Had Rosler, she asked, drawn any new conclusions on her idea of the garage sale as a self-image? “Well, the artist is always the last to know!” Rosler joked. “But I have to say, it’s remarkable—I’m not that surprised—but it’s remarkable to me to see an active resistance of people to thinking of this as anything other than a space in which they get to buy something they want, and in which we are here to serve them. And who are quite grumpy about the possibility that something else might be infusing it with what it is.”
In Walker’s handling, “tell me what you’ve bought, and I’ll tell you who are” is less accusation, more intellectual puzzle, an investigation into the various ways the marketplace of products is also a marketplace of selves: “Branded material culture is something we tend to take for granted and don't think about very seriously,” Walker explained in an email exchange on the eve of the show’s opening. “And it's a pretty constant goal of everything I do to try to prod people to see something new in what's previously been overlooked.”
Employing such a loose curatorial approach, any similarities in artist styles emerged on their own. And the curatorial mission sought not so much to identify trends in contemporary black art practice as to find possible through-lines from prior emerging-artist shows. Fore is the fourth such exhibition presented by the Studio Museum, following Freestyle (2001), Frequency (2005–06) and Flow (2008). Not many of the works in Fore are tied to black culture or even to Harlem, a cultural touchstone for the museum, but if they were, assistant curator Naima J. Keith felt the expressions were complicated or reoriented in some way.(2)
“I didn’t find any themes,” she told me. The opening was well attended by art press, notably Sarah Thornton and Jerry Saltz. Donnelly led us through three galleries on the fourth and fifth floors, each of which looks like a separate show. One comprises a single, broken row of mid-20th century Eliot Porter photographs of small birds; another, a salon-style roadshow, spanning the late 19th and 20th centuries; and the third, a sort of answer to the New Museum’s recent Ghosts in the Machine, with Art Nouveau-style furniture pieces and 1980s microchip diagrams.
A Reagan-era Ed Kienholz installation is mounted again with a different president, and the same political message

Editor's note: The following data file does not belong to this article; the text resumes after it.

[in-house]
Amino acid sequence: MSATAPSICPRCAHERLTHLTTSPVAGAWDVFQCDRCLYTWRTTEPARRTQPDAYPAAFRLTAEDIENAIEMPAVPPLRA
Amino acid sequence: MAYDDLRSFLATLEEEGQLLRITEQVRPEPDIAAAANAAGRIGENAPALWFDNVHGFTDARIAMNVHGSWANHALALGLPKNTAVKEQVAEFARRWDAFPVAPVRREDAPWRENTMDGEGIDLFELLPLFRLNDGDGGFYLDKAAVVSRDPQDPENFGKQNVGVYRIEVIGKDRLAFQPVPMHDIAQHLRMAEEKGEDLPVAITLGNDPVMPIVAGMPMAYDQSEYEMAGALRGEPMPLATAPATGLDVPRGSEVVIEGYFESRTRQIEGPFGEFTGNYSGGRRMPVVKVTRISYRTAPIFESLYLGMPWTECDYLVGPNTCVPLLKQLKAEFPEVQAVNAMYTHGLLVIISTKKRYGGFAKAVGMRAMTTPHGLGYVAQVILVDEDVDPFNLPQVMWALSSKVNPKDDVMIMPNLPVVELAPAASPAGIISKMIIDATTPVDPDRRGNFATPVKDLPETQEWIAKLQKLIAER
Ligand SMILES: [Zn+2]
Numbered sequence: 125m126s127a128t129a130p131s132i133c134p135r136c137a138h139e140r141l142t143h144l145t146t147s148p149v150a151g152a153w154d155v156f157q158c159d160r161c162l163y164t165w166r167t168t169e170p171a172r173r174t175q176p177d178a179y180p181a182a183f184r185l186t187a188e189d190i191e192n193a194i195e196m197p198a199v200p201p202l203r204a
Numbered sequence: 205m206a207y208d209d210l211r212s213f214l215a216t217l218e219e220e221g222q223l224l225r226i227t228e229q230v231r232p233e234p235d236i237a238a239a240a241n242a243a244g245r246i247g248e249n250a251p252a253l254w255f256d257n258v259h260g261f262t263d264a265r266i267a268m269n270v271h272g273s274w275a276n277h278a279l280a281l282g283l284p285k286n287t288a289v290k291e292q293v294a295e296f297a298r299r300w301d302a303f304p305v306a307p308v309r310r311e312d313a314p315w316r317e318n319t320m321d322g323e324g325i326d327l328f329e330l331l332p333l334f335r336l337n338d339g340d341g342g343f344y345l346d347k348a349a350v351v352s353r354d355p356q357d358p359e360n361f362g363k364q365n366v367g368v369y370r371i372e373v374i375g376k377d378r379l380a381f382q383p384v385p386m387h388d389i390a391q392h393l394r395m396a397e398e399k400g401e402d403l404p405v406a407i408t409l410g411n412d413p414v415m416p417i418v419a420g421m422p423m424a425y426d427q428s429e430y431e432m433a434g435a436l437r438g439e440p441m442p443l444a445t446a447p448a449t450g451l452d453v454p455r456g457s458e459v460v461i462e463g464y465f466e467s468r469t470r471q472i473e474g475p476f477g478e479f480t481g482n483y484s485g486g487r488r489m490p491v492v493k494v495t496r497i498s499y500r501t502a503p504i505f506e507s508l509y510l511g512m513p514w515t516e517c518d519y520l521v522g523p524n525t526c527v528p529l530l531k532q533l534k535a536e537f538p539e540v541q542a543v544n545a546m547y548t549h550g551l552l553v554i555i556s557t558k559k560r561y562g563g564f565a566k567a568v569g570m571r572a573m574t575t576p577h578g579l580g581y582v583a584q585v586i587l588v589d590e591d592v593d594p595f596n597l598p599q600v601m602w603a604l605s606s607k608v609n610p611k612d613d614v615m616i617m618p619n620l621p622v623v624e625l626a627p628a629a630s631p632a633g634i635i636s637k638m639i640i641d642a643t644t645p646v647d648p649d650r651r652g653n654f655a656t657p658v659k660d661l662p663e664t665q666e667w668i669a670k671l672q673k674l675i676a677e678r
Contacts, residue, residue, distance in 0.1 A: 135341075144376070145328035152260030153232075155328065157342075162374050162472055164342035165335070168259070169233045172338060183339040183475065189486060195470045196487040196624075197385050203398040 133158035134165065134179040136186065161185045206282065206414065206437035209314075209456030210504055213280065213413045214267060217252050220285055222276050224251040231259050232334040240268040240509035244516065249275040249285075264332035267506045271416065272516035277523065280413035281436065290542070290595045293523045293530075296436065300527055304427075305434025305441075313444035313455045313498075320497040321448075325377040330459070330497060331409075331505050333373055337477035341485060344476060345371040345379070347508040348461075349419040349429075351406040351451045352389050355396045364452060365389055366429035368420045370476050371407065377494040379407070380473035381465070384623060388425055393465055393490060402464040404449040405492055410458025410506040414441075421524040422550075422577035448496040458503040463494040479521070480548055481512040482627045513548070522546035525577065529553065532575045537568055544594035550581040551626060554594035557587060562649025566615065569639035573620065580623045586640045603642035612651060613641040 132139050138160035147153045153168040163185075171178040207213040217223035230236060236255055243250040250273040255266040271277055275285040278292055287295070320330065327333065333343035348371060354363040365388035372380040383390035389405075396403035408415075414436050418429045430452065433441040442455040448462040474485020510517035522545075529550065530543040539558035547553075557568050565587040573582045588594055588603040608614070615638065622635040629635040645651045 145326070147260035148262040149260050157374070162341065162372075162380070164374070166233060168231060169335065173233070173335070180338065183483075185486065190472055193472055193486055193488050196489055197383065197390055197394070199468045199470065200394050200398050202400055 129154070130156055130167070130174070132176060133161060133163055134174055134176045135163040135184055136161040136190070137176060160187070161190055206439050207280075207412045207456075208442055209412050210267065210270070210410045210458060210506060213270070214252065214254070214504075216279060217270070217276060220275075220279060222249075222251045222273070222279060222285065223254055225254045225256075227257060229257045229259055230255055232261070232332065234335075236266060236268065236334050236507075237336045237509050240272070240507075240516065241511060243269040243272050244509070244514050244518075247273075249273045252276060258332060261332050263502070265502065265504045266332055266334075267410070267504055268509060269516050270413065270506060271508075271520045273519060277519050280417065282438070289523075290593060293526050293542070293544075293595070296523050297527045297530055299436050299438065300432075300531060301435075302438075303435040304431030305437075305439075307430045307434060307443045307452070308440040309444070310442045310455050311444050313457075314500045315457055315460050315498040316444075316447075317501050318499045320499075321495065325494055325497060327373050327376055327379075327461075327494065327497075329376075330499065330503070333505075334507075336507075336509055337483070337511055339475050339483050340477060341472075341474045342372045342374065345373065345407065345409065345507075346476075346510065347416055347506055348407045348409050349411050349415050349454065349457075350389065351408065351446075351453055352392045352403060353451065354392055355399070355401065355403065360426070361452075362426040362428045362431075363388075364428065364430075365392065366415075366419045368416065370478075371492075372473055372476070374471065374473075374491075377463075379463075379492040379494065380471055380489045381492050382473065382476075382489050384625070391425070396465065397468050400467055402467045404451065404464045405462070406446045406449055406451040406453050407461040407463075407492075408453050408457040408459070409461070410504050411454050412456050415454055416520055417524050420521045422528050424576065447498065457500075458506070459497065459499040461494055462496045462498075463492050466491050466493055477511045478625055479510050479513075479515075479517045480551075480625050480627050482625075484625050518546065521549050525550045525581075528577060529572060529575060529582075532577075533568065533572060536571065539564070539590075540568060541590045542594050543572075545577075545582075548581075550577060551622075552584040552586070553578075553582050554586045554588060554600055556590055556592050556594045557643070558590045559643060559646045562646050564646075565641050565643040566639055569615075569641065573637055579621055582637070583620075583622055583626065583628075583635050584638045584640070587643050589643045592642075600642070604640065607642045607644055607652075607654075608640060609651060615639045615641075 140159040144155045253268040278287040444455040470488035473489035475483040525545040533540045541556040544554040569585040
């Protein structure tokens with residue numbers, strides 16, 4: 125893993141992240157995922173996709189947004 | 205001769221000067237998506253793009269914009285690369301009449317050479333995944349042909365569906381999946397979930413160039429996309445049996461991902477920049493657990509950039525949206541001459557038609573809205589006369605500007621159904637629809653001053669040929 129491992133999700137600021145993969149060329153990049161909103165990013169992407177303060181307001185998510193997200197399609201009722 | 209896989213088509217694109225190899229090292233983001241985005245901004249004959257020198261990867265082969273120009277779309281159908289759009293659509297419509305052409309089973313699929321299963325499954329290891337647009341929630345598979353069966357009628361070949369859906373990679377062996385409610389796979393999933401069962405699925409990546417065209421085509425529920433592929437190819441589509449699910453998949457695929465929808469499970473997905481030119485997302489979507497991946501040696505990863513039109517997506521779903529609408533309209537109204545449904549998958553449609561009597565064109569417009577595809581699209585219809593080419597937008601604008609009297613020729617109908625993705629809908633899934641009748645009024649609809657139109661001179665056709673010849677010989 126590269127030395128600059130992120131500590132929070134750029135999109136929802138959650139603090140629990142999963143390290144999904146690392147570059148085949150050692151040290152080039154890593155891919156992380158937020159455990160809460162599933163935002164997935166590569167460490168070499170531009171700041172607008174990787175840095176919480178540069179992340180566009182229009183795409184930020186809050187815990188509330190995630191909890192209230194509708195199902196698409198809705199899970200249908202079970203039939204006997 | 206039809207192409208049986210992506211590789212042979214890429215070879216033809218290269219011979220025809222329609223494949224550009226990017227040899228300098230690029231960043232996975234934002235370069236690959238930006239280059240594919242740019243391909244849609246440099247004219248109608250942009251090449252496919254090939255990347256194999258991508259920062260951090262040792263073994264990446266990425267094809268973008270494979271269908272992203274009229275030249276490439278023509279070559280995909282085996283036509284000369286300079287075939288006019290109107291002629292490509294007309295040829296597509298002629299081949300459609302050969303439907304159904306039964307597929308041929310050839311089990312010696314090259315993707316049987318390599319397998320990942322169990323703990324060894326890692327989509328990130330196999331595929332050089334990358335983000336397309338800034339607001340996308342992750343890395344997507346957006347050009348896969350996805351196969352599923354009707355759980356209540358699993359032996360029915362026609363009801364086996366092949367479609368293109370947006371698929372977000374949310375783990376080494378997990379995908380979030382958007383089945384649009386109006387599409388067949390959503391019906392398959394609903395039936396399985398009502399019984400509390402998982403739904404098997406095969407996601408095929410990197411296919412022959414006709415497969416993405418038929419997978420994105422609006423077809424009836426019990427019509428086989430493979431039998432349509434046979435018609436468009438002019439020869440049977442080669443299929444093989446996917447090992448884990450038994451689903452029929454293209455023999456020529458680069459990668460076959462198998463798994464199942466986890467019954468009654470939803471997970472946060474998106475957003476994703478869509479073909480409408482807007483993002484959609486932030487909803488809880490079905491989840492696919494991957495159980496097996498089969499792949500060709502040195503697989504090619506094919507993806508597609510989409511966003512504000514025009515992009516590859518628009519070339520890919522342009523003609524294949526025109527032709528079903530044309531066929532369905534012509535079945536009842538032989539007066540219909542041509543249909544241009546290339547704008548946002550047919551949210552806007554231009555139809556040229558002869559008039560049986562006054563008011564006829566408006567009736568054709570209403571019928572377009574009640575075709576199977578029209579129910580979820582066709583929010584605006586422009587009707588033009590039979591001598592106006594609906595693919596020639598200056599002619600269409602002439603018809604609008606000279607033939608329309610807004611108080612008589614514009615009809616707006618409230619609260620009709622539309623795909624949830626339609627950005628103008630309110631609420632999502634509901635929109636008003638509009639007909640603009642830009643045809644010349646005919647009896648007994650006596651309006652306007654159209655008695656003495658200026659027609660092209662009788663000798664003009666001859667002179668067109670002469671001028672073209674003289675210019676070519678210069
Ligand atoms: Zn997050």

Across the eyes of each of the large figures were blindfolds with the word ‘NO’ scrawled across them. It’s part of the piece’s operational rules. The country in which it’s displayed determines the color of the flashing lights and the flag held by the vice president, while a poll determines if the blindfolds read “YES” or “NO.” Pace had held a poll in the weeks leading up to the show asking art “Are you satisfied with your government?” I asked Kienholz how she felt about politics today. “Same as I felt about it then,” she replied swiftly.
The show—known simply as Richard Artschwager! (and up through Feb. 3, 2013)—is surprising and exciting and sincere and beautiful. And it even features its own exclamation point, a five-and-a-half-foot tall one, in stunning chartreuse no less, consisting of plastic bristles attached to a mahogany core and presented as a kind of gleeful surprise.
Four former winners of the beauty pageant had come to the press breakfast for artist Fiona Gardner and journalist Amy Zimmer’s Meet Miss Subways exhibition. It was as odd a location for a promotional breakfast as it always has been for a museum, tucked away inside the decommissioned Court Street subway stop on the A line (the station was open for only 10 years, from 1936 to 1946, before reopening as the museum three decades later). On display here are dozens of compelling latter-day portraits of the city subway system's promotional beauty-contest winners, as well as photos and ephemera from the contest's 35 years. But it was the living beauties, the former contest winners, who were the main attraction.
Vik Muniz and others figure out how to make profound photos in a world that generates 30 billion images a year
“That’s my favorite Aperture book,” Muniz said. “That art book of [Edward] Weston’s, but it doesn’t have that picture.” Muniz said pointing to his work, a portrait of Weston’s lover titled The White Iris, “I actually used the book to make that picture so instead of putting the picture back in the book, I put the book in the picture. If you look at the side, all the bits and pieces are from the book, put together.” “So you tore an archival book?” the woman asked. “Yes, it was a first edition!” Muniz responded, “It was very cannibalistic.”(1)